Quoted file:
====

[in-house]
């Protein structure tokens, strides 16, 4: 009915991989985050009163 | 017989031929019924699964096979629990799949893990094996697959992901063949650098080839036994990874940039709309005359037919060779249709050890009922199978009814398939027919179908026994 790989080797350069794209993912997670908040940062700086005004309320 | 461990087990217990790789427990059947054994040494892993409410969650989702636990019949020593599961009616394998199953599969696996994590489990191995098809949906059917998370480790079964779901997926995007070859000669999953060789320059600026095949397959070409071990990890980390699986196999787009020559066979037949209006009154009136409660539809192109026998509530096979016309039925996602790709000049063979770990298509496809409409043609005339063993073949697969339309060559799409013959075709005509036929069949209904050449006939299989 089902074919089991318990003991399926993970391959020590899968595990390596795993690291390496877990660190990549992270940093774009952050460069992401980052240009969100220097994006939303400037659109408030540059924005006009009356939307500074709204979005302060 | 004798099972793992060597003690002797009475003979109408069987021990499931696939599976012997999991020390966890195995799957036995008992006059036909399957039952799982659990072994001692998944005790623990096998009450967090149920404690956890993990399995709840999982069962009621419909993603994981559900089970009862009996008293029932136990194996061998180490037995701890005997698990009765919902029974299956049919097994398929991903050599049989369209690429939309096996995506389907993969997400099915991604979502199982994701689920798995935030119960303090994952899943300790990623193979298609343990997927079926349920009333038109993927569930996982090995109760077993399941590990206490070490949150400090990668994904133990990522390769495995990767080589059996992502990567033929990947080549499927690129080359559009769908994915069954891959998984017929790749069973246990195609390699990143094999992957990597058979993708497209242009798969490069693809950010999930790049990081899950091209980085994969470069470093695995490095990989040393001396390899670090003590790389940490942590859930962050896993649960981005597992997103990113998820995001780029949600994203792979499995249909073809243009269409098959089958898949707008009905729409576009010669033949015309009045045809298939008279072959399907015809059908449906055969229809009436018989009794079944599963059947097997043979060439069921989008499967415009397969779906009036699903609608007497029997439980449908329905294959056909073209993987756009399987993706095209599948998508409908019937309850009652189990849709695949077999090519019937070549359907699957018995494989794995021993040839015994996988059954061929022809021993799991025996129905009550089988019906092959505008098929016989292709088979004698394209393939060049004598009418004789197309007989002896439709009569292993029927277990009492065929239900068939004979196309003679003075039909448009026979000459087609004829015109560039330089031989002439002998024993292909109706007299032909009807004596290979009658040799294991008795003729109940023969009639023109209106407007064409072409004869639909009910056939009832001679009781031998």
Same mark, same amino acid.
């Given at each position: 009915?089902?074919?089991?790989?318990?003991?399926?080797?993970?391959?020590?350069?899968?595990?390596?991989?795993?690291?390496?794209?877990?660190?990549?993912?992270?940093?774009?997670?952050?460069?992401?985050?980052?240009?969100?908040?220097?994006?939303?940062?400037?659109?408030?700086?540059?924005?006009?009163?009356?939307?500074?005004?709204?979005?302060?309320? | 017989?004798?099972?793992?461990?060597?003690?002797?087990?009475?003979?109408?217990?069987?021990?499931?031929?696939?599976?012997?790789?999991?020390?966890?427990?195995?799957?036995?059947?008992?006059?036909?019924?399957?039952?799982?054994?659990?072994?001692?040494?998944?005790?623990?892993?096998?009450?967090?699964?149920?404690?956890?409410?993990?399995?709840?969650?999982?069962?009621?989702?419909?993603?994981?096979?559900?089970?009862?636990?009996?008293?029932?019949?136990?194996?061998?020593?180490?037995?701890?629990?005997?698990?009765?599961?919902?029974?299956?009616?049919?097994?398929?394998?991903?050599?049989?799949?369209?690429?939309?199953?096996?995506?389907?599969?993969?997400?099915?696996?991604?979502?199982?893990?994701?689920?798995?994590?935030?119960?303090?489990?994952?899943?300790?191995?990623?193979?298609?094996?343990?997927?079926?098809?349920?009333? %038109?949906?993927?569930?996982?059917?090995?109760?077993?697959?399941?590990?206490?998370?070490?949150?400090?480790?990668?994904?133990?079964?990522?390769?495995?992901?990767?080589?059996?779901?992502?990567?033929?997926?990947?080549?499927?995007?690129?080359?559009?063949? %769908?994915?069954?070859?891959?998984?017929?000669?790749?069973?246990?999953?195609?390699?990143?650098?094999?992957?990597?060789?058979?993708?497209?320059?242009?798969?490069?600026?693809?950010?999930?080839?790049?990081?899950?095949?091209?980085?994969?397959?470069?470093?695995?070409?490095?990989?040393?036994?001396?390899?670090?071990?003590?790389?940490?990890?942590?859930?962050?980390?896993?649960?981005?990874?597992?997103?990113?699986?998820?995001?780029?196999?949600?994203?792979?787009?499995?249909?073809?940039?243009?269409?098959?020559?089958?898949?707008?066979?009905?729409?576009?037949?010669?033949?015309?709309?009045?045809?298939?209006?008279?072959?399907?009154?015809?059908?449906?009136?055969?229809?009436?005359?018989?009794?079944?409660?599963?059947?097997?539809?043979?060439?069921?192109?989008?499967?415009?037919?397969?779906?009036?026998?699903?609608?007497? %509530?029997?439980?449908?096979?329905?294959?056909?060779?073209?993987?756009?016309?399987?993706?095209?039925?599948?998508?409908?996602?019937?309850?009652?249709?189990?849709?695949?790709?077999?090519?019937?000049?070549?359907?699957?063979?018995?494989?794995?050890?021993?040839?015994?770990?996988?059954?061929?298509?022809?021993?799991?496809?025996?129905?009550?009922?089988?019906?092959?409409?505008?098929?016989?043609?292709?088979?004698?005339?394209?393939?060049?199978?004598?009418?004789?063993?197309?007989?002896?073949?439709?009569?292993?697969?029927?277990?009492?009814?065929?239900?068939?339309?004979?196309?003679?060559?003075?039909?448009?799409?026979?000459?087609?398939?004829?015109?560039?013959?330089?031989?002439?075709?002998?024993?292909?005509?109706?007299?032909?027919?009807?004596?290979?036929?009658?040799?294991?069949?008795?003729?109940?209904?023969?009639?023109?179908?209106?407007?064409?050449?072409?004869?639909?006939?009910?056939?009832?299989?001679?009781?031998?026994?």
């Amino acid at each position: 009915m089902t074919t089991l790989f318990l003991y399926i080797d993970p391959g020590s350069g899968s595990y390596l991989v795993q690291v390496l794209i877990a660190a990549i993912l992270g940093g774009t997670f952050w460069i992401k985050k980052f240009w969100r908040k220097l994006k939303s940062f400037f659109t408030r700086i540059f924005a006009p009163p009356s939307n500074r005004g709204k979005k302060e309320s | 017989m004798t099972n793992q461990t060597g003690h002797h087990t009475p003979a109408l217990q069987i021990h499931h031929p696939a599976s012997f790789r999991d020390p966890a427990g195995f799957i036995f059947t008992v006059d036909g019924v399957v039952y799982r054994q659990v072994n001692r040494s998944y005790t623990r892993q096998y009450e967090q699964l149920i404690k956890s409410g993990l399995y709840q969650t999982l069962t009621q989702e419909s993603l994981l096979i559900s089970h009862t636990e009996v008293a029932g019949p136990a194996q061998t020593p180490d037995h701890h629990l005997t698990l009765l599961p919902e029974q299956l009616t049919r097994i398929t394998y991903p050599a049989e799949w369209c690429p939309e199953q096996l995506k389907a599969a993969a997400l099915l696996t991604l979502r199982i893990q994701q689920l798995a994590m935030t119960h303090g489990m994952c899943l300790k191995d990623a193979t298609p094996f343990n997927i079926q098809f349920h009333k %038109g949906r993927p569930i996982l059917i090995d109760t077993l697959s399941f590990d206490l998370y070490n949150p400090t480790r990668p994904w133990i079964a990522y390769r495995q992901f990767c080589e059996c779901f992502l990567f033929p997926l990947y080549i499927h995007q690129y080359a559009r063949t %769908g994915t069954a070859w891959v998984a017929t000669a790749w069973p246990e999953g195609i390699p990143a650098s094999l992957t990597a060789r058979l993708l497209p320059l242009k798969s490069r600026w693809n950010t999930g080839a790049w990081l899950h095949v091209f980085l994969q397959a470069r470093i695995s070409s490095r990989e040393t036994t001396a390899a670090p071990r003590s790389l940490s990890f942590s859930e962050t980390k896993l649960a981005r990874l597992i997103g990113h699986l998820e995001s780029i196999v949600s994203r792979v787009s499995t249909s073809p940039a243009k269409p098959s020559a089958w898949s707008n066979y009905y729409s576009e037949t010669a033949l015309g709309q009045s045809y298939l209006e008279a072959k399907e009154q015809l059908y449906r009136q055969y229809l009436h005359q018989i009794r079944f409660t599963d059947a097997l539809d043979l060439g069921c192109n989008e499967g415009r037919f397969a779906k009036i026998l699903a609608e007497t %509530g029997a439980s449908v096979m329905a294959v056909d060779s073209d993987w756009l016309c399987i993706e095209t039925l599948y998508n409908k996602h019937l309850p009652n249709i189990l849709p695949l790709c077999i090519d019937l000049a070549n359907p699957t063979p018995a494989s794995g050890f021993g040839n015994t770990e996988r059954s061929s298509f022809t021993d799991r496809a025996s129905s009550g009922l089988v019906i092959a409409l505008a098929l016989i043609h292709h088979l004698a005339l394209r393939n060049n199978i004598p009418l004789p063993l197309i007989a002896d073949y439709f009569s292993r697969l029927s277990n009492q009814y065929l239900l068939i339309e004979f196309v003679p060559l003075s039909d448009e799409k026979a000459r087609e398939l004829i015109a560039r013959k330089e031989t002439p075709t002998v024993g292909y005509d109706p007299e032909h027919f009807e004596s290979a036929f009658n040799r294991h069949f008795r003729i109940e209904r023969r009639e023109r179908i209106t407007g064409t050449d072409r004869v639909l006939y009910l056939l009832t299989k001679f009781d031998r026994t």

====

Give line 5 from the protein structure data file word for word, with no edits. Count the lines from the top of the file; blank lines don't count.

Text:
């Amino acid at each position: 009915m089902t074919t089991l790989f318990l003991y399926i080797d993970p391959g020590s350069g899968s595990y390596l991989v795993q690291v390496l794209i877990a660190a990549i993912l992270g940093g774009t997670f952050w460069i992401k985050k980052f240009w969100r908040k220097l994006k939303s940062f400037f659109t408030r700086i540059f924005a006009p009163p009356s939307n500074r005004g709204k979005k302060e309320s | 017989m004798t099972n793992q461990t060597g003690h002797h087990t009475p003979a109408l217990q069987i021990h499931h031929p696939a599976s012997f790789r999991d020390p966890a427990g195995f799957i036995f059947t008992v006059d036909g019924v399957v039952y799982r054994q659990v072994n001692r040494s998944y005790t623990r892993q096998y009450e967090q699964l149920i404690k956890s409410g993990l399995y709840q969650t999982l069962t009621q989702e419909s993603l994981l096979i559900s089970h009862t636990e009996v008293a029932g019949p136990a194996q061998t020593p180490d037995h701890h629990l005997t698990l009765l599961p919902e029974q299956l009616t049919r097994i398929t394998y991903p050599a049989e799949w369209c690429p939309e199953q096996l995506k389907a599969a993969a997400l099915l696996t991604l979502r199982i893990q994701q689920l798995a994590m935030t119960h303090g489990m994952c899943l300790k191995d990623a193979t298609p094996f343990n997927i079926q098809f349920h009333k %038109g949906r993927p569930i996982l059917i090995d109760t077993l697959s399941f590990d206490l998370y070490n949150p400090t480790r990668p994904w133990i079964a990522y390769r495995q992901f990767c080589e059996c779901f992502l990567f033929p997926l990947y080549i499927h995007q690129y080359a559009r063949t %769908g994915t069954a070859w891959v998984a017929t000669a790749w069973p246990e999953g195609i390699p990143a650098s094999l992957t990597a060789r058979l993708l497209p320059l242009k798969s490069r600026w693809n950010t999930g080839a790049w990081l899950h095949v091209f980085l994969q397959a470069r470093i695995s070409s490095r990989e040393t036994t001396a390899a670090p071990r003590s790389l940490s990890f942590s859930e962050t980390k896993l649960a981005r990874l597992i997103g990113h699986l998820e995001s780029i196999v949600s994203r792979v787009s499995t249909s073809p940039a243009k269409p098959s020559a089958w898949s707008n066979y009905y729409s576009e037949t010669a033949l015309g709309q009045s045809y298939l209006e008279a072959k399907e009154q015809l059908y449906r009136q055969y229809l009436h005359q018989i009794r079944f409660t599963d059947a097997l539809d043979l060439g069921c192109n989008e499967g415009r037919f397969a779906k009036i026998l699903a609608e007497t %509530g029997a439980s449908v096979m329905a294959v056909d060779s073209d993987w756009l016309c399987i993706e095209t039925l599948y998508n409908k996602h019937l309850p009652n249709i189990l849709p695949l790709c077999i090519d019937l000049a070549n359907p699957t063979p018995a494989s794995g050890f021993g040839n015994t770990e996988r059954s061929s298509f022809t021993d799991r496809a025996s129905s009550g009922l089988v019906i092959a409409l505008a098929l016989i043609h292709h088979l004698a005339l394209r393939n060049n199978i004598p009418l004789p063993l197309i007989a002896d073949y439709f009569s292993r697969l029927s277990n009492q009814y065929l239900l068939i339309e004979f196309v003679p060559l003075s039909d448009e799409k026979a000459r087609e398939l004829i015109a560039r013959k330089e031989t002439p075709t002998v024993g292909y005509d109706p007299e032909h027919f009807e004596s290979a036929f009658n040799r294991h069949f008795r003729i109940e209904r023969r009639e023109r179908i209106t407007g064409t050449d072409r004869v639909l006939y009910l056939l009832t299989k001679f009781d031998r026994t």